Lobbyist Heaven — And Lobbyist Hell

Here’s an interesting side-effect of the debt ceiling compromise:  the 12 members of Congress appointed to the Joint Select Committee on Deficit Reduction charged with coming up with a plan to wring $1.5 trillion in savings out of the federal budget will be extraordinarily inviting targets for intense, all-out lobbying.

This should not surprise anyone.  Even by Washington standards, $1.5 trillion is a lot of money.  AARP, farming interests, NPR, corporations, hospitals, colleges, state and local governments, and all of the various special interests who could lose part of their federal funding or their special tax breaks will be willing to do whatever it takes to protect their turf and make sure the cuts come out of somebody else’s hide.  Lobbyists who have good relationships with any of the Joint Select Committee members will be in high demand.  Lobbyists who don’t will be sucking wind.  And for the special interests, it’s not a bad deal — instead of having to lobby 535 Senators and Representatives for years at a time, they only need to influence the decisions of 12 people who must submit their recommendation within a few months.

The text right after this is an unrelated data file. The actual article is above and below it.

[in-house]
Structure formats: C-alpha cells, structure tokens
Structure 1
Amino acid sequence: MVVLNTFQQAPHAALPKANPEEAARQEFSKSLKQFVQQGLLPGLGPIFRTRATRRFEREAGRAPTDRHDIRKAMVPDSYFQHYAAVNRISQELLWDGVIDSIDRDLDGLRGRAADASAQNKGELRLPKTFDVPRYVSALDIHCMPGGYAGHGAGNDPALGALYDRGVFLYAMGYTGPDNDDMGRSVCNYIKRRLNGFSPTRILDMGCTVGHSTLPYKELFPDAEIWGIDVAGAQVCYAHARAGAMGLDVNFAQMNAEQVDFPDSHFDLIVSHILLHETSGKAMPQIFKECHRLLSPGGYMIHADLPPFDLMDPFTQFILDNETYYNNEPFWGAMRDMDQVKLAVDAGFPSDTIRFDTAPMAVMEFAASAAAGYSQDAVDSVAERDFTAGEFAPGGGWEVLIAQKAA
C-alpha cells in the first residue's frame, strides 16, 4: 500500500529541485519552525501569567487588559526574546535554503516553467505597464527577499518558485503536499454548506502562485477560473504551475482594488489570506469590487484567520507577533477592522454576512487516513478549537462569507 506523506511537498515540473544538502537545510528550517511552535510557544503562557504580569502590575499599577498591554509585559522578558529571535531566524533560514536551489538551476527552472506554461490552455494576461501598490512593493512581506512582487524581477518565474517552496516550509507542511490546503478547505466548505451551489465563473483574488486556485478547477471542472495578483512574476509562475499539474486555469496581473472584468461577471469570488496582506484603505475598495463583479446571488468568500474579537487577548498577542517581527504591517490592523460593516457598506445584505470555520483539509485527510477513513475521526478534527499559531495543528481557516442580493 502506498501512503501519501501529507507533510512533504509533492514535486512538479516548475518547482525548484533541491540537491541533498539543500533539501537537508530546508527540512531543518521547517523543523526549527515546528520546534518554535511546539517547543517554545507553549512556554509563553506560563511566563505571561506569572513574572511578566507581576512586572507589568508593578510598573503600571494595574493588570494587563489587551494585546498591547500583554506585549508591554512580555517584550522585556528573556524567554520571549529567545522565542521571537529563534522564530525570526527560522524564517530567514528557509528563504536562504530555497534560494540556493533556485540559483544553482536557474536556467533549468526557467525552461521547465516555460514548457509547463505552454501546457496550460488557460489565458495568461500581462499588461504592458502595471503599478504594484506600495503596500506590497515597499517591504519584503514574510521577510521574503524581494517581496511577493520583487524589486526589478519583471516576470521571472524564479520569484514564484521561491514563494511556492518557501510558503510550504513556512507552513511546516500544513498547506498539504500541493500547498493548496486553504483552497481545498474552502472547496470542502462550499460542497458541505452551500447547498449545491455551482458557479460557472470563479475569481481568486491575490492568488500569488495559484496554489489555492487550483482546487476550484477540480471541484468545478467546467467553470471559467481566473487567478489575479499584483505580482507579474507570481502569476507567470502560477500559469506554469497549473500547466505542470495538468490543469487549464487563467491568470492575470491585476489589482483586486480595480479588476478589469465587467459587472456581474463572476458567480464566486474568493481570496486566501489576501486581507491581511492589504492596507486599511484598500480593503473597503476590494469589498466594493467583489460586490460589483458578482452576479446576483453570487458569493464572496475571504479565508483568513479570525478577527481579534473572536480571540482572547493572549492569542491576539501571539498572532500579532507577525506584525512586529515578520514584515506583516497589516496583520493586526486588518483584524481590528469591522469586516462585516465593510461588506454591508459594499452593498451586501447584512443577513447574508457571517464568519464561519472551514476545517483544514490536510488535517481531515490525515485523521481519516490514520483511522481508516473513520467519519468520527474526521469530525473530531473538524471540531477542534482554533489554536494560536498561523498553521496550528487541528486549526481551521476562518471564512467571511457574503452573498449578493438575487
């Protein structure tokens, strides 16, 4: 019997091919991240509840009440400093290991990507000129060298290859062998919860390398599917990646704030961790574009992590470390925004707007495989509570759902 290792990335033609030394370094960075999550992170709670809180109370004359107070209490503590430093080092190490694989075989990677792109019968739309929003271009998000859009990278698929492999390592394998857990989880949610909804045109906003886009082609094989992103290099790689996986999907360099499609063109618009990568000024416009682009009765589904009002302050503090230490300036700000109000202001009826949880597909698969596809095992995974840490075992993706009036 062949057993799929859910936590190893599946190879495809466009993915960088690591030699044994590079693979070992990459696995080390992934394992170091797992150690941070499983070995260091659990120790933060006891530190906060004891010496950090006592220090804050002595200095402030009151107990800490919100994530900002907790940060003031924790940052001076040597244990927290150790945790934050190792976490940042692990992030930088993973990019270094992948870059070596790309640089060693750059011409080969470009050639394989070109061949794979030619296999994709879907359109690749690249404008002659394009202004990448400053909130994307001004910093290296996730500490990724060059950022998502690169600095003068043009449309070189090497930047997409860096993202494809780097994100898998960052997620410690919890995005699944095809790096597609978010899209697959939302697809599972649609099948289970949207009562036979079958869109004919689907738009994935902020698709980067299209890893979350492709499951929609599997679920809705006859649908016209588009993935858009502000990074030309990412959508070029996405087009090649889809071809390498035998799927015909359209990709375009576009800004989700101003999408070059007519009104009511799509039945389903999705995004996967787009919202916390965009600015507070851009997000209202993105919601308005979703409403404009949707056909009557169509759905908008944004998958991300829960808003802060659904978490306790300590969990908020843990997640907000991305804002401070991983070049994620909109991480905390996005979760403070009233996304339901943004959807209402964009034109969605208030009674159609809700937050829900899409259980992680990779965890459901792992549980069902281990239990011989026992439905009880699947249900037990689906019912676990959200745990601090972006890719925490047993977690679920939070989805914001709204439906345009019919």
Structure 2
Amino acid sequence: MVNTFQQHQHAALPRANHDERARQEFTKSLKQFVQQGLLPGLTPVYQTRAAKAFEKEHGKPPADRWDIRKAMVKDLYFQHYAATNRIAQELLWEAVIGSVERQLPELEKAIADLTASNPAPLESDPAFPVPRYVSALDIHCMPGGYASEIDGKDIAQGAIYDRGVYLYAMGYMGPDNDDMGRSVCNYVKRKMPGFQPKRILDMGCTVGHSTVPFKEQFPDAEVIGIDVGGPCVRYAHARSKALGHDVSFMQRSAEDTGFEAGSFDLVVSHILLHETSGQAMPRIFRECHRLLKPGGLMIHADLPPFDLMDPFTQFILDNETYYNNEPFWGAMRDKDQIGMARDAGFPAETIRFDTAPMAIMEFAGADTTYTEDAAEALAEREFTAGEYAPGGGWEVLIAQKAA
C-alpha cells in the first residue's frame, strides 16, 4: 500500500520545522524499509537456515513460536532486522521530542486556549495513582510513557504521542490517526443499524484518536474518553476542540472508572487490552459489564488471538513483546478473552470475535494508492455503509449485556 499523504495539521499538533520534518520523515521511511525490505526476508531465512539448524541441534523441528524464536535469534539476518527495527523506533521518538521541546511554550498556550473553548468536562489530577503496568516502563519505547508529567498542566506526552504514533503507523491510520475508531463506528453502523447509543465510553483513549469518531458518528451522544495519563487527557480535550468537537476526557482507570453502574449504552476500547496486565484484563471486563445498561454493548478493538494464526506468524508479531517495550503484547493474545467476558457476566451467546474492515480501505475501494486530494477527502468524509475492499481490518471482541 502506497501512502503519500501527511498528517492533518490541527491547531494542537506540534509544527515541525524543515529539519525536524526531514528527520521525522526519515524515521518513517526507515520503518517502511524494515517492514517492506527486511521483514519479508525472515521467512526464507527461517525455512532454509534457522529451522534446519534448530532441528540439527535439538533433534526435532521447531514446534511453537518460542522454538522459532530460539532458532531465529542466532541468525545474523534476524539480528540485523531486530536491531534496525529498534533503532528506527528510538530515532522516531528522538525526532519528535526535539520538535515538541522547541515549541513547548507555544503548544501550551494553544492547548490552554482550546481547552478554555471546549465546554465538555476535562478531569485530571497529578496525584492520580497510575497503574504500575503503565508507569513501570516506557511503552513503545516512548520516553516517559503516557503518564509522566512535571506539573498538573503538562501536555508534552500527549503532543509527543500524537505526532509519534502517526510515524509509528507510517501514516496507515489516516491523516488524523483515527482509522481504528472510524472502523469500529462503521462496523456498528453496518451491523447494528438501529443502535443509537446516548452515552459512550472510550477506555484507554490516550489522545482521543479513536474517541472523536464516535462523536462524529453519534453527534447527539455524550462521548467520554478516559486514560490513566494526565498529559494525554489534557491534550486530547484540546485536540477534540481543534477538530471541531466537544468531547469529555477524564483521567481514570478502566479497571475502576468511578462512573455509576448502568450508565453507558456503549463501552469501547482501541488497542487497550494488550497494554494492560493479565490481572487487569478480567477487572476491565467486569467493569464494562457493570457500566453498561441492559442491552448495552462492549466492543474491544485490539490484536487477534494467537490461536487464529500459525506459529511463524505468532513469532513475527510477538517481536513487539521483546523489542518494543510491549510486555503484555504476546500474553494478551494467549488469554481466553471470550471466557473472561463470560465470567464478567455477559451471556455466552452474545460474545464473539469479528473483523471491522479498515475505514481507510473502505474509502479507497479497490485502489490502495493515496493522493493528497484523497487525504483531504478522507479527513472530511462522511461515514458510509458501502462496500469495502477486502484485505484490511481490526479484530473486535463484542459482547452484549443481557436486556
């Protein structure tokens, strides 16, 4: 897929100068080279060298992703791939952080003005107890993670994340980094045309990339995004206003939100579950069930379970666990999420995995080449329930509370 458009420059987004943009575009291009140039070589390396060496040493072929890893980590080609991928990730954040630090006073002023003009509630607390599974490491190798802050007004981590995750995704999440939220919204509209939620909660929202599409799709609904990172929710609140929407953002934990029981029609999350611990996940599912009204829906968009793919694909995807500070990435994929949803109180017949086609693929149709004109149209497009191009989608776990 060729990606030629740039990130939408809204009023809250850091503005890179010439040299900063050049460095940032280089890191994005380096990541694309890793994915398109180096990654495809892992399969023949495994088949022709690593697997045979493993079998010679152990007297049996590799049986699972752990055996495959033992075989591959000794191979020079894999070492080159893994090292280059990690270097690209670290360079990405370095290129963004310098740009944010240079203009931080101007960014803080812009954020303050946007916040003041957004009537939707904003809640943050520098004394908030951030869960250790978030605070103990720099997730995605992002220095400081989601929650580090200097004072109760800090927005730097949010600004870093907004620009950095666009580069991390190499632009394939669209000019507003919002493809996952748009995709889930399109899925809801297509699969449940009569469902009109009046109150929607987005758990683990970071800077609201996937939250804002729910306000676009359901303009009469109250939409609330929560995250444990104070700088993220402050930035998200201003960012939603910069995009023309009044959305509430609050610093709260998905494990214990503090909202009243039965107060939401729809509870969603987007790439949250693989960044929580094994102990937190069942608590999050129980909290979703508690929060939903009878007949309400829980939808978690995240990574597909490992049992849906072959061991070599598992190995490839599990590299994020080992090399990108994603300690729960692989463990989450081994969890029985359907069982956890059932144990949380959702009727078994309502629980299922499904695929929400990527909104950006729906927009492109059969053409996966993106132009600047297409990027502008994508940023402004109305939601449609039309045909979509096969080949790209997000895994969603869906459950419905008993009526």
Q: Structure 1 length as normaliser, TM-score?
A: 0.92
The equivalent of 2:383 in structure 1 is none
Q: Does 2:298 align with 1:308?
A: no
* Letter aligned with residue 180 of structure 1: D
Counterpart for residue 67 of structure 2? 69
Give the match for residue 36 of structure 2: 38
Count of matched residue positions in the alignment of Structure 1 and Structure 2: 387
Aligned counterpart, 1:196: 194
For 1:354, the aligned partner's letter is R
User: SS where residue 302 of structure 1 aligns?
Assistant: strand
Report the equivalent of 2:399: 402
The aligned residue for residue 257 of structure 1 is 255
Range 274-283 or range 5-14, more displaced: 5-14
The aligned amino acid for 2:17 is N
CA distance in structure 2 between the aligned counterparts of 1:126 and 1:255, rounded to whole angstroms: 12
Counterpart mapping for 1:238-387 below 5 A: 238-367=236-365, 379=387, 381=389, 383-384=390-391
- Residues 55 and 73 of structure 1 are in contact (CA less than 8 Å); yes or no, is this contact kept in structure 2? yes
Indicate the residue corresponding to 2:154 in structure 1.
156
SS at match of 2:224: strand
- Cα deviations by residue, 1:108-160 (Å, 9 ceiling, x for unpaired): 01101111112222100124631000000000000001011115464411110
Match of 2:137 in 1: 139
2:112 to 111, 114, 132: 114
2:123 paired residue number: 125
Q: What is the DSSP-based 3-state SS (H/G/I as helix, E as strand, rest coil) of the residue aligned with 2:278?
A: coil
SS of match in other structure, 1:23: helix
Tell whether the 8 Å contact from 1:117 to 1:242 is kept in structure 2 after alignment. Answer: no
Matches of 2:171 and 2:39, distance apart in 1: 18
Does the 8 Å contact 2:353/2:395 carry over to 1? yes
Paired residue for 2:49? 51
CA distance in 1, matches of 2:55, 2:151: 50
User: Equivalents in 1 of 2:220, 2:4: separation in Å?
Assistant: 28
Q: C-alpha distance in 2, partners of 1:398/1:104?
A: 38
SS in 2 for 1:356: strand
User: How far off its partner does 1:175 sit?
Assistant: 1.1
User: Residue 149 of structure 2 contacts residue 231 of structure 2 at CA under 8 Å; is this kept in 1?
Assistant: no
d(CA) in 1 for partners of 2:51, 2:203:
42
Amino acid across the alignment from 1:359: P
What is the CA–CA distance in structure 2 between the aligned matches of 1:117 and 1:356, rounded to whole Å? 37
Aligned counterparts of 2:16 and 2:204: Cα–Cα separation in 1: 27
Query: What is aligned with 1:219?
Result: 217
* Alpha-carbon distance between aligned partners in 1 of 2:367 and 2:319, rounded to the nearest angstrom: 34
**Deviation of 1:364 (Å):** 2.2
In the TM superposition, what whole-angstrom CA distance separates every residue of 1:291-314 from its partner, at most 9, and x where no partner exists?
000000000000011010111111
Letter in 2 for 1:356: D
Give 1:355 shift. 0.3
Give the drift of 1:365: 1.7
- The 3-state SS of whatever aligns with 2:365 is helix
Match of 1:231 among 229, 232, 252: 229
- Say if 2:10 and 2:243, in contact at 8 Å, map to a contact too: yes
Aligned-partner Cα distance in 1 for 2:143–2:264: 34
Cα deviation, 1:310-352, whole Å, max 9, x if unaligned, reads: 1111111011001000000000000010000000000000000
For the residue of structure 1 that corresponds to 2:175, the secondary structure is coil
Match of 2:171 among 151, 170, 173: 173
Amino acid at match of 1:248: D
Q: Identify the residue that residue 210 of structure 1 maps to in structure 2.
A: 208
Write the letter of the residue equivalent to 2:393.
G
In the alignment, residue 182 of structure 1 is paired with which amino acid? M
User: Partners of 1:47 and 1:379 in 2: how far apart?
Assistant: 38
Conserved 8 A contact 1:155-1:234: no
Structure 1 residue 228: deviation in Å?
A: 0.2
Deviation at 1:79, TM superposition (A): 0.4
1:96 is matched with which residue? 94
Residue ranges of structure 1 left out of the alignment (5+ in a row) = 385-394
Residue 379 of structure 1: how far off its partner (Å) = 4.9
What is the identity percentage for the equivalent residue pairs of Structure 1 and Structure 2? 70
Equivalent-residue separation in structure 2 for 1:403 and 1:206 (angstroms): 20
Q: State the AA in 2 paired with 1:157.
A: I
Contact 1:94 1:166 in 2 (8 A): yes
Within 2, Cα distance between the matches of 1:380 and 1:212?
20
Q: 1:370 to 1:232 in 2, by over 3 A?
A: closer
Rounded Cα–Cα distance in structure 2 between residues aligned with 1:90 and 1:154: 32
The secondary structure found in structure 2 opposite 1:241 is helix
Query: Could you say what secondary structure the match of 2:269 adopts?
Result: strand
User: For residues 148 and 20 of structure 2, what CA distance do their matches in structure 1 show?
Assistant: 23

So, every lobbyist on K Street will be keenly interested in who gets appointed to the Committee.  Let’s hope that Congress takes steps to ensure that whoever is selected to serve on this stunningly powerful, temporary entity doesn’t have the opportunity to capitalize on their status by having constant fundraisers between now and the date the Joint Select Committee’s recommendation is due.  The “Divine Dozen” are being entrusted with enormous responsibility.  They should all pledge not to seek any campaign contributions, fund-raising support, or any other form of benefit during their term of service on the Joint Select Committee.  The Committee’s recommendation will be controversial enough without people wondering if a few well-placed contributions influenced its decision-making.

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